A free market legal group is suing the Environmental Protection Agency (EPA) for allegedly stacking a scientific advisory panel on air pollution with researchers who had received more than $190 million in grants from the agency.
The Energy & Environment Legal Institute (EELI) is suing EPA on behalf of the Western States Trucking Association and Dr. James Enstrom, a retired University of California-Los Angeles epidemiologist who was blacklisted for challenging EPA claims about particulate matter.
“The EPA has stacked the panel, which is required by law to be independent and unbiased, with researchers who have received over $190 million in discretionary grants from the EPA,” said Steve Milloy, an attorney with EELI, in a statement.
“This clearly violates the law and makes a mockery of the notion of ‘independent’ scientific review,” he said.
The EPA relies on a panel of scientific advisers, called the Clean Air Scientific Advisory Committee, to validate the science underlying key clean air regulations pushed by the agency. In this case, EELI is asking the court to prevent the EPA from convening a panel tasked with reviewing the science behind agency regulations on fine particulate matter, or PM2.5.
EELI believes the agency has stacked the panel with researchers who will rubber stamp EPA rules regulating PM2.5. EPA also relies on claimed PM2.5 reductions for the majority of health benefits in some of its largest regulations on power plants.
Some 24 of the 26 members of EPA’s PM2.5 panel have gotten or are the current recipients of EPA grants. In total, panel members have gotten more than $190 million from the agency, according to EELI. Milloy says this violates the federal laws requiring such scientific advisory panels be “independent.”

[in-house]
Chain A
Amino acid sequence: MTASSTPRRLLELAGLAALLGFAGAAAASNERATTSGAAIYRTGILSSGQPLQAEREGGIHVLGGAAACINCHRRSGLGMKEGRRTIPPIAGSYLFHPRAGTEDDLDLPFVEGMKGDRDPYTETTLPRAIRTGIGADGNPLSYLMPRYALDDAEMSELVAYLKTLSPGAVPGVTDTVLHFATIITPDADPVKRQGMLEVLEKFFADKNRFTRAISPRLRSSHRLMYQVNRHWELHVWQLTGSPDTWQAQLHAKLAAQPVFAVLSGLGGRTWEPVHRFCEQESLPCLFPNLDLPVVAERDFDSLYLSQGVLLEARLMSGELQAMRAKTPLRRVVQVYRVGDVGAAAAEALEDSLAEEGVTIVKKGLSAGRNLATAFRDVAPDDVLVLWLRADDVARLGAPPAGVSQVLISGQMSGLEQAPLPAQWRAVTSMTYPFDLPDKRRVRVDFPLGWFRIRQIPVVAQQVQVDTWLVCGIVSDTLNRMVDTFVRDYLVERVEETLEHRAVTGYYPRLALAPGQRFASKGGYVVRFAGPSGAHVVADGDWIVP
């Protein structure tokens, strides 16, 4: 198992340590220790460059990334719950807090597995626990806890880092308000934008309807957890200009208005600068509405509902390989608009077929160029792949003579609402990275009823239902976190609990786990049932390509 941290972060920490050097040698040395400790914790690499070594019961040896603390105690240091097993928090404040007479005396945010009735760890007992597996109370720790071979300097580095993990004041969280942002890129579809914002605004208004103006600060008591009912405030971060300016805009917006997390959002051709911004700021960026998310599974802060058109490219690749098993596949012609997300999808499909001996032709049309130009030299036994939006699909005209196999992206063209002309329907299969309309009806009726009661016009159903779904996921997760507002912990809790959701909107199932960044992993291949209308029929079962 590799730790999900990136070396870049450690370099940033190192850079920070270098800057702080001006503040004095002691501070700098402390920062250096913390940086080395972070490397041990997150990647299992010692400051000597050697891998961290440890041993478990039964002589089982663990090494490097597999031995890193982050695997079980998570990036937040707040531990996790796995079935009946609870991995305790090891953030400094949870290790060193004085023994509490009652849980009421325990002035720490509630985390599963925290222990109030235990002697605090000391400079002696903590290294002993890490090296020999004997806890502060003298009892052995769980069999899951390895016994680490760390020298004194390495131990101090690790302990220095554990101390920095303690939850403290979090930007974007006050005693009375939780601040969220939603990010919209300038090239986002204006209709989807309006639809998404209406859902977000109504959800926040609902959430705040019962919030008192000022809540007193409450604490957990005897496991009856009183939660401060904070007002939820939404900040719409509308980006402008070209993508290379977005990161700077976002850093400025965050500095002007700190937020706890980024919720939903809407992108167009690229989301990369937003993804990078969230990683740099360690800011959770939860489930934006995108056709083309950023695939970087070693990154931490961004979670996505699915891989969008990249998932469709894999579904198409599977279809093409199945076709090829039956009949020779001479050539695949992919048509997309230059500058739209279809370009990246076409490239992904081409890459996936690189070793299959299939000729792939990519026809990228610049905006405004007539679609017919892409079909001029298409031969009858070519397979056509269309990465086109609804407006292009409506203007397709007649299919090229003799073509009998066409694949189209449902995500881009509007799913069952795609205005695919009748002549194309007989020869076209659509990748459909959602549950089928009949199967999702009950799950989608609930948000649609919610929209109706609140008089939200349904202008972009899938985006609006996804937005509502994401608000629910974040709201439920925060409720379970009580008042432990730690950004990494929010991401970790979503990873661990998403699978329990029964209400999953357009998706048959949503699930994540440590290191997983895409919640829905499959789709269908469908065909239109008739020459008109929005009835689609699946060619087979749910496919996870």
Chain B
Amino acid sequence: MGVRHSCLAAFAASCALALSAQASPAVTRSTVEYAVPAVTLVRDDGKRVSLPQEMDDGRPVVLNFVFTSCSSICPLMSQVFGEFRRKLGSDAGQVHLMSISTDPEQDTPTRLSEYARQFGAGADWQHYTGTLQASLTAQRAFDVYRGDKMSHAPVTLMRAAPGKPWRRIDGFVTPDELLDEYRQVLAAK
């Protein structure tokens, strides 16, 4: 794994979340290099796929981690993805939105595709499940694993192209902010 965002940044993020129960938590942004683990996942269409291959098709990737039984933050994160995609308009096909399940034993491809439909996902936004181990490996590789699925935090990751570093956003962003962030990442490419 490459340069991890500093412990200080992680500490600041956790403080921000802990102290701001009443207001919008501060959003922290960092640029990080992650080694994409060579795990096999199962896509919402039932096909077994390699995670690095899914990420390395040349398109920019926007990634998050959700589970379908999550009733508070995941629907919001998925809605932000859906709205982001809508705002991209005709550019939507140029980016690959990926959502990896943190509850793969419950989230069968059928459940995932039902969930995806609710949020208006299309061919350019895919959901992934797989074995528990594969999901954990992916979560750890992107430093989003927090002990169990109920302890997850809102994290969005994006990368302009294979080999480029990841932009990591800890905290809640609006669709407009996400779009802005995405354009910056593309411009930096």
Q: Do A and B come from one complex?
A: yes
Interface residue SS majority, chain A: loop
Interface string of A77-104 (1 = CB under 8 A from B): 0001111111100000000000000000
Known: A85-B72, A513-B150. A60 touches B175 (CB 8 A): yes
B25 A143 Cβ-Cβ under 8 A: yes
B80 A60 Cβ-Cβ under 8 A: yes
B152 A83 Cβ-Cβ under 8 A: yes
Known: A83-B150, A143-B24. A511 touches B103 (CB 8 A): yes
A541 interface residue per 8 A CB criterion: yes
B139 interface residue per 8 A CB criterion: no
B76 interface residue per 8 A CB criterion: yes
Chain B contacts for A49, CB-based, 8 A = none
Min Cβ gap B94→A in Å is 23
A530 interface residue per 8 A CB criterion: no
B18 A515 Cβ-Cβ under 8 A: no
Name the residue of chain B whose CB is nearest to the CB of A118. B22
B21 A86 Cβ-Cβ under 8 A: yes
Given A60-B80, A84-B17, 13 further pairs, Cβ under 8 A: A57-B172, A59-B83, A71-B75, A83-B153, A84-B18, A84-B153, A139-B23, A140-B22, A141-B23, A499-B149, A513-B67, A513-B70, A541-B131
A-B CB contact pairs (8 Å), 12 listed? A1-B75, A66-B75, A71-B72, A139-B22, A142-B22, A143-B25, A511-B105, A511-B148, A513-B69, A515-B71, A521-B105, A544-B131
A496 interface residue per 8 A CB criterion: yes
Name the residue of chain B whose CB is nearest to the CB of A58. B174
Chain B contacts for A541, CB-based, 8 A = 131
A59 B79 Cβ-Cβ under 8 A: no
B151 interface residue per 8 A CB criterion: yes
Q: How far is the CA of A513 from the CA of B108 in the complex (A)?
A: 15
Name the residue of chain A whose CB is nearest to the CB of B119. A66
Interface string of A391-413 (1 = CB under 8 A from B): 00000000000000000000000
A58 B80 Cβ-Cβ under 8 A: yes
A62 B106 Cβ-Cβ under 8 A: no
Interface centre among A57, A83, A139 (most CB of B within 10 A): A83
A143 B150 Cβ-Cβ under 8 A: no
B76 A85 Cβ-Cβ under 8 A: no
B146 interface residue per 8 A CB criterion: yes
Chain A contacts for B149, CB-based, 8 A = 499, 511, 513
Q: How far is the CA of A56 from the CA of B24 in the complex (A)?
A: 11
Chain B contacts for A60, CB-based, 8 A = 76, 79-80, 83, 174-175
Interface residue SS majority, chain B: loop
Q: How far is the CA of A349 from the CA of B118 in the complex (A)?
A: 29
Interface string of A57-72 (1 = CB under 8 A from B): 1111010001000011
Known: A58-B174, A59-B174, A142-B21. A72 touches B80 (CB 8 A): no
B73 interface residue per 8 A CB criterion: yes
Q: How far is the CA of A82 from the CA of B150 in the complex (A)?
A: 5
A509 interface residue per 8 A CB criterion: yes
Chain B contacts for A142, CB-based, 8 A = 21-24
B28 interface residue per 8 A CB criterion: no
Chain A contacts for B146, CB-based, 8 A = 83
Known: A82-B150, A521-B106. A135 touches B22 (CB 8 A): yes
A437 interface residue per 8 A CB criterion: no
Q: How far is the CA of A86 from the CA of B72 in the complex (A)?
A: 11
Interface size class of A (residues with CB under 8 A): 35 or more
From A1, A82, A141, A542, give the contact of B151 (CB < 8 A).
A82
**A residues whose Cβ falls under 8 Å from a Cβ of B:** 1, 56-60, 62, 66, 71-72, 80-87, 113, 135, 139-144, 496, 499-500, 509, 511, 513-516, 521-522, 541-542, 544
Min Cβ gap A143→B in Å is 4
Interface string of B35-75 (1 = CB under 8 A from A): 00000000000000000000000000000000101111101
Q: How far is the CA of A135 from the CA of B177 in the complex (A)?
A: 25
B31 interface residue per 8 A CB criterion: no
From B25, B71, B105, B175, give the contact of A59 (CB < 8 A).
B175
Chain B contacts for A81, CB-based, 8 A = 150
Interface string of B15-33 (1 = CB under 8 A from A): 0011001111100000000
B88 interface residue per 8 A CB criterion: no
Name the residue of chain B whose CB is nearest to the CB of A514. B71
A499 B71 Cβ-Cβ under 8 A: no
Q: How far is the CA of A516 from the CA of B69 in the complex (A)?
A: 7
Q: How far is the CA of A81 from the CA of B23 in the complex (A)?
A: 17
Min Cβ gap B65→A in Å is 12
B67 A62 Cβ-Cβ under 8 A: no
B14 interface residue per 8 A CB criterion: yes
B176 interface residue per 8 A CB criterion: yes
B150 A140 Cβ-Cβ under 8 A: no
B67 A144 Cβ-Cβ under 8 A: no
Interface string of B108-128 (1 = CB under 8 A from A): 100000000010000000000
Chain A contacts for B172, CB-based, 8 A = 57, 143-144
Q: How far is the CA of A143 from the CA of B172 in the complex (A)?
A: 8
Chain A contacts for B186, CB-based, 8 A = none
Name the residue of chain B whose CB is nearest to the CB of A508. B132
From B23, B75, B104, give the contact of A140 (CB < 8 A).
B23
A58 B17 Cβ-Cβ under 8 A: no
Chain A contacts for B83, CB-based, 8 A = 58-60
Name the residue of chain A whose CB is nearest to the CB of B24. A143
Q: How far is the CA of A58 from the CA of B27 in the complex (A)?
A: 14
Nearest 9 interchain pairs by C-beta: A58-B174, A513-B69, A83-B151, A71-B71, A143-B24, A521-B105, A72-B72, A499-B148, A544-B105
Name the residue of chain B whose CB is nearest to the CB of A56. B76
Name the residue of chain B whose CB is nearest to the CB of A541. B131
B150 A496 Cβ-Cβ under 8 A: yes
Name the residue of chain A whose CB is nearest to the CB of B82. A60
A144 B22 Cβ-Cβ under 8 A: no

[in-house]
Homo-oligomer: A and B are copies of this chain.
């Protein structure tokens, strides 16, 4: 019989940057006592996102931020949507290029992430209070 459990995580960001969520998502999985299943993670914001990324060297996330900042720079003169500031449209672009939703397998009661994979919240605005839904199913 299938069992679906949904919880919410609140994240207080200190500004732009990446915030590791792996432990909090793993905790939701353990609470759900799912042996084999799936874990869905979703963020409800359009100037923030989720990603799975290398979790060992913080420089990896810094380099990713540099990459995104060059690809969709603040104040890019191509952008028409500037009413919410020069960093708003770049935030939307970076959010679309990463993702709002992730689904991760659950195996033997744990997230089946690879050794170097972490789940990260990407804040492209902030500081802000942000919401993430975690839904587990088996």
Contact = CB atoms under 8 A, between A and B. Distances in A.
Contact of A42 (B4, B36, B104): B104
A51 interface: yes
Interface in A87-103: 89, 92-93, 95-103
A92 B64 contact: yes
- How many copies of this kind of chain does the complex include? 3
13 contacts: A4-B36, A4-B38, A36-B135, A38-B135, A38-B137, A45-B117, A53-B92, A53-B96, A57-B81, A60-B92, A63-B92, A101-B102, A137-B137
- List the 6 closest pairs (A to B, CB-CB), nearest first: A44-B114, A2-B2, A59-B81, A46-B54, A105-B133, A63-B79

EELI isn’t alone in pointing out potential problems with using scientific advisers financially reliant on EPA. Earlier this year, Oklahoma Republican Sen. [crscore]Jim Inhofe[/crscore] sent a letter to the EPA, criticizing the agency for selecting advisers who benefit from federal largesse.
In 2014, Texas Republican Rep. [crscore]Lamar Smith[/crscore] pointed out that many science panel members were often peer-reviewing regulations based on their own research, corroding the integrity of the peer-review process.
“Not only does the EPA pay researchers to produce controversial research that advances its PM2.5 regulatory agenda, but the agency pays the very same researchers to review their own controversial work,” said Milloy, who also runs the blog JunkScience.com and has been involved in the PM2.5 debate for years.
EPA began regulating PM2.5 in in the early 1990s, and today says there’s no safe level of exposure to the air pollutant. PM2.5 is a “mixture of harmful solid and liquid particles” that is 2.5 microns or less, or “1/30th the thickness of a human hair.” These small particles can get into people’s respiratory system and can harm human health and even lead to death after just short-term exposure, according to EPA.
In 2011, former EPA Administrator Lisa Jackson told Congress that PM2.5 “causes premature death.”
“It doesn’t make you sick. It’s directly causal to dying sooner than you should,” she said. “If we could reduce particulate matter to healthy levels it would have the same impact as finding a cure for cancer in our country.”
The EPA set PM2.5 primary standards at 15 micrograms per cubic meter of air on an annual average basis. Despite the strong warnings, EPA has tested PM2.5 on humans. EPA exposed dozens of human test subjects to PM levels of 600 micrograms per cubic meter — 40 times what the EPA sets as an acceptable outdoor air standard.
EPA not only testes PM2.5 on humans, they also did not fully disclose the risks of death from PM2.5 exposure — a reversal from public warnings about exposure to the pollutant.
EELI points out EPA uses supposed monetary benefits from PM2.5 reductions as the main justification for massive regulations on power plants, including the Cross-State Air Pollution Rule, Mercury Air Transport Standard and Clean Power Plan.
“The EPA process for commissioning and evaluating PM2.5 research has been so rigged and so biased for so long that many scientists don’t even try to get nominated for CASAC panels any more,” Milloy said. “
“We will review and respond to the lawsuit,” an EPA spokeswoman told the Daily Caller New Foundation.
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